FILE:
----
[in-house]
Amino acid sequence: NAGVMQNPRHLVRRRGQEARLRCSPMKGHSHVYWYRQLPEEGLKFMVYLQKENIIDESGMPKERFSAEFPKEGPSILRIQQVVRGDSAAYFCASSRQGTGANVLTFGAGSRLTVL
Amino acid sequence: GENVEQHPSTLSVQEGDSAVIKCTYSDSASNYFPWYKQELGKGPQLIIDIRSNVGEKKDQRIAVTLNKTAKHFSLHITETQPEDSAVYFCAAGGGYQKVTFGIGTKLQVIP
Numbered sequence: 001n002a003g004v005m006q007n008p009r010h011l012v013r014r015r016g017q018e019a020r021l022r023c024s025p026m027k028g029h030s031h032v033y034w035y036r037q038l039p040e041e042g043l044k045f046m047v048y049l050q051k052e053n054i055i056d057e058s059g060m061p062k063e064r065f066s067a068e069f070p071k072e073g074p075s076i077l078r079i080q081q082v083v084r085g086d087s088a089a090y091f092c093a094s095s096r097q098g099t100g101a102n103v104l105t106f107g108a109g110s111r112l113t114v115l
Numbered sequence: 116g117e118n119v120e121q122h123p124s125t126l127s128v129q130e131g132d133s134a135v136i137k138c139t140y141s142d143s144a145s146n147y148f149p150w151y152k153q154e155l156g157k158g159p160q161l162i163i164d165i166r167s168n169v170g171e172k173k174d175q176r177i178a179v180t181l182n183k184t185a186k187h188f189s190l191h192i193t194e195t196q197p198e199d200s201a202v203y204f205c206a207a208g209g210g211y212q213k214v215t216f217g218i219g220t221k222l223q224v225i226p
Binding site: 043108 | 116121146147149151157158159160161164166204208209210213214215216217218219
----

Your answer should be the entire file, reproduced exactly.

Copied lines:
[in-house]
Amino acid sequence: NAGVMQNPRHLVRRRGQEARLRCSPMKGHSHVYWYRQLPEEGLKFMVYLQKENIIDESGMPKERFSAEFPKEGPSILRIQQVVRGDSAAYFCASSRQGTGANVLTFGAGSRLTVL
Amino acid sequence: GENVEQHPSTLSVQEGDSAVIKCTYSDSASNYFPWYKQELGKGPQLIIDIRSNVGEKKDQRIAVTLNKTAKHFSLHITETQPEDSAVYFCAAGGGYQKVTFGIGTKLQVIP
Numbered sequence: 001n002a003g004v005m006q007n008p009r010h011l012v013r014r015r016g017q018e019a020r021l022r023c024s025p026m027k028g029h030s031h032v033y034w035y036r037q038l039p040e041e042g043l044k045f046m047v048y049l050q051k052e053n054i055i056d057e058s059g060m061p062k063e064r065f066s067a068e069f070p071k072e073g074p075s076i077l078r079i080q081q082v083v084r085g086d087s088a089a090y091f092c093a094s095s096r097q098g099t100g101a102n103v104l105t106f107g108a109g110s111r112l113t114v115l
Numbered sequence: 116g117e118n119v120e121q122h123p124s125t126l127s128v129q130e131g132d133s134a135v136i137k138c139t140y141s142d143s144a145s146n147y148f149p150w151y152k153q154e155l156g157k158g159p160q161l162i163i164d165i166r167s168n169v170g171e172k173k174d175q176r177i178a179v180t181l182n183k184t185a186k187h188f189s190l191h192i193t194e195t196q197p198e199d200s201a202v203y204f205c206a207a208g209g210g211y212q213k214v215t216f217g218i219g220t221k222l223q224v225i226p
Binding site: 043108 | 116121146147149151157158159160161164166204208209210213214215216217218219